2019 Prep Football Preview

One year after all five Flathead Valley high schools reached the postseason, new faces abound as a new season kicks off on Aug. 30

Football in the Flathead Valley enjoyed a banner season in 2018, with all five local schools qualifying for their respective state playoffs, three reaching at least the semifinals, and one getting all the way to the state championship game. But the winds of change have blown through the region this season, and all five programs — Glacier, Flathead, Whitefish, Columbia Falls and Bigfork — will be breaking in new starters at key positions, with the Braves and Vikings also incorporating new head coaches at the same time.

Change won’t only be found on the field, either. Class AA, the state’s largest classification, will split into Eastern and Western divisions this year, with Belgrade bumping up from Class A and playing in the seven-team Eastern Division, which will grow to eight in 2020 when Bozeman’s Gallatin High School opens its doors. Flathead and Glacier will both play in the eight-team Western Division along with the three Missoula schools, two Helena schools and Butte. The Wolfpack and Braves each start the season with two out-of-conference games before facing off against their divisional opponents, and all 15 schools in Class AA will reach the playoffs this year, with the Western Division champion getting a first-round bye.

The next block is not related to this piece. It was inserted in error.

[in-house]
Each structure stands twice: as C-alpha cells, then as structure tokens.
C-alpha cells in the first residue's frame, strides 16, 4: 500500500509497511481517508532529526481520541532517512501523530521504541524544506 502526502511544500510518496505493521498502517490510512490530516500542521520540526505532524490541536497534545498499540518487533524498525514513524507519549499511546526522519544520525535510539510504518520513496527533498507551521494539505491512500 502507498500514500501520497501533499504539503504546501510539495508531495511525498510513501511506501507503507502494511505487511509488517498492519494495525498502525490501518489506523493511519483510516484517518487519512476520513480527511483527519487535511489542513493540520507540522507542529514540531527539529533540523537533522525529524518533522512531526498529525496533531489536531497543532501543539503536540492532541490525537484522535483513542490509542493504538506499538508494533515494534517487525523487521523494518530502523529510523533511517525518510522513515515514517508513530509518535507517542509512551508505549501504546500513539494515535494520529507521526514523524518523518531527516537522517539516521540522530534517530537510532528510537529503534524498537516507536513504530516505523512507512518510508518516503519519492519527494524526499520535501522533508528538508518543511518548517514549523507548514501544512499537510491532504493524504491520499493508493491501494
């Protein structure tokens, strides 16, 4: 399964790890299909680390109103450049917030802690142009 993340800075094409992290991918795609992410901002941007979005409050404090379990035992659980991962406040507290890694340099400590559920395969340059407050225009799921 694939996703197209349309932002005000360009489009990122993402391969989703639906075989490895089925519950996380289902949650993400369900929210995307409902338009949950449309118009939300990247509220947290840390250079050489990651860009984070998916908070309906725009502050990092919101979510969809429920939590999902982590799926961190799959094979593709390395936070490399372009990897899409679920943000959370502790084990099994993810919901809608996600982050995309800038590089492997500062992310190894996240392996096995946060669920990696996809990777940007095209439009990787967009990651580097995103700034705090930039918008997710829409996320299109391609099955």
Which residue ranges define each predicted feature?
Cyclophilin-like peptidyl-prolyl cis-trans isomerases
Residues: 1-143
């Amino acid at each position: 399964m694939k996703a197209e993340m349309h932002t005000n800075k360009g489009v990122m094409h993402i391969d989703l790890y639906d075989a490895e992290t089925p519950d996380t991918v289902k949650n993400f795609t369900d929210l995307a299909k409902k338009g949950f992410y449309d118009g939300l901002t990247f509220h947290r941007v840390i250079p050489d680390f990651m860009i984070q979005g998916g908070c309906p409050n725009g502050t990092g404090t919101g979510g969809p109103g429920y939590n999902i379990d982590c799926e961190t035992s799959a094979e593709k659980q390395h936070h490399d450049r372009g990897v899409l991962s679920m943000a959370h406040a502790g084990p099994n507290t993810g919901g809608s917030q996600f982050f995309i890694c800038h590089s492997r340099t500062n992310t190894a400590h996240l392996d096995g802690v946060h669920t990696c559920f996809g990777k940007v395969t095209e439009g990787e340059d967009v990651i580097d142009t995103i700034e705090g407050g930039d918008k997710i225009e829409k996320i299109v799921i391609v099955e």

The season opens on Friday, Aug. 30 with all five schools in action, and don’t forget to visit all season long for updated scores, standings and stories from the gridiron.

Glacier High School football players take the field before a game against Helena High on Sept. 14, 2018. The Wolfpack won 48-14 at Legends Stadium. Greg Lindstrom | Flathead Beacon


The Flathead Braves had a season for the ages in 2018, making a valiant run to the Class AA state championship game for the first time since 2000 and falling just yards short of bringing home the school’s first title since 1970. It was a heartbreaking ending to an otherwise jubilant season that saw Kyle Samson’s five-year rebuilding project reach its pinnacle thanks to a senior-laden roster.